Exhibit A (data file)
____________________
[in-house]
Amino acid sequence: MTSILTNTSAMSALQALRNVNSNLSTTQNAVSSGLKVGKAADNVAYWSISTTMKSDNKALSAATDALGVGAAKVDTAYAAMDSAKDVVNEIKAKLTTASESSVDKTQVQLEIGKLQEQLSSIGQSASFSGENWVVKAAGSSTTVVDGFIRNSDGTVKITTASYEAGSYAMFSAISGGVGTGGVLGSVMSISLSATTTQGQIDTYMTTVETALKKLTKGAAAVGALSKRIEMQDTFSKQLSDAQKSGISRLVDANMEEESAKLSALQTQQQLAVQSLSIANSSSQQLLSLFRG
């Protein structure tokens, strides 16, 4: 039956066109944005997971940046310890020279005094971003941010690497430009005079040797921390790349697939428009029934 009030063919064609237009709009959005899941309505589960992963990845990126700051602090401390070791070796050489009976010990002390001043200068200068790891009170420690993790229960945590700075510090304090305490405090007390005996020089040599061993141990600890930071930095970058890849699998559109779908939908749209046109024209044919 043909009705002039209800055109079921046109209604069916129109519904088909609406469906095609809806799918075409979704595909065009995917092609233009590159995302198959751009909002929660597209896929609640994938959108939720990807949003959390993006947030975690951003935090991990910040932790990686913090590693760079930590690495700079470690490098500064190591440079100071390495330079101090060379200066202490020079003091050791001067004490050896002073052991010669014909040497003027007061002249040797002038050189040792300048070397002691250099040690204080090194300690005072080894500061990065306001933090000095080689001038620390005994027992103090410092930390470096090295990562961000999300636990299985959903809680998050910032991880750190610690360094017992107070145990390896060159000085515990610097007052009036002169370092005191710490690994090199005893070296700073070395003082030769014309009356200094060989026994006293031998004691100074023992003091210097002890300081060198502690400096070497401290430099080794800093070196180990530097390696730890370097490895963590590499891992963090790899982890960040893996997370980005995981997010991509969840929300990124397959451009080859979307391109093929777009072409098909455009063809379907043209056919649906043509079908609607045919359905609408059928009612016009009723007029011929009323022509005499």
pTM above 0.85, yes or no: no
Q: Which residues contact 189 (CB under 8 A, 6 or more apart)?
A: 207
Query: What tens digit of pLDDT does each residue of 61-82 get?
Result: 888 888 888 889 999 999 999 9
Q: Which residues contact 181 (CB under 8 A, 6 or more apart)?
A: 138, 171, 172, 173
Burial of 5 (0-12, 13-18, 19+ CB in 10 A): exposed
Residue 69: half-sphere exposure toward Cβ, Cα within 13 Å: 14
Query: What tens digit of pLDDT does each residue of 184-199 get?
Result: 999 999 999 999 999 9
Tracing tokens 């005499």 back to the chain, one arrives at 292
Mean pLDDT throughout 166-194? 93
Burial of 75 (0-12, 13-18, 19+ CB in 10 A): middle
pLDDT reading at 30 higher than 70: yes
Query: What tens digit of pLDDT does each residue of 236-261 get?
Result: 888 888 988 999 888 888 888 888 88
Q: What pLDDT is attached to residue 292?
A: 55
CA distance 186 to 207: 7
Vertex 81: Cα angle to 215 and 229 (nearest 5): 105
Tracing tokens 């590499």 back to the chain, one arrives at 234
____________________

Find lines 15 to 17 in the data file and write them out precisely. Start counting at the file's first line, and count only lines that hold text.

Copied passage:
Tracing tokens 């005499």 back to the chain, one arrives at 292
Mean pLDDT throughout 166-194? 93
Burial of 75 (0-12, 13-18, 19+ CB in 10 A): middle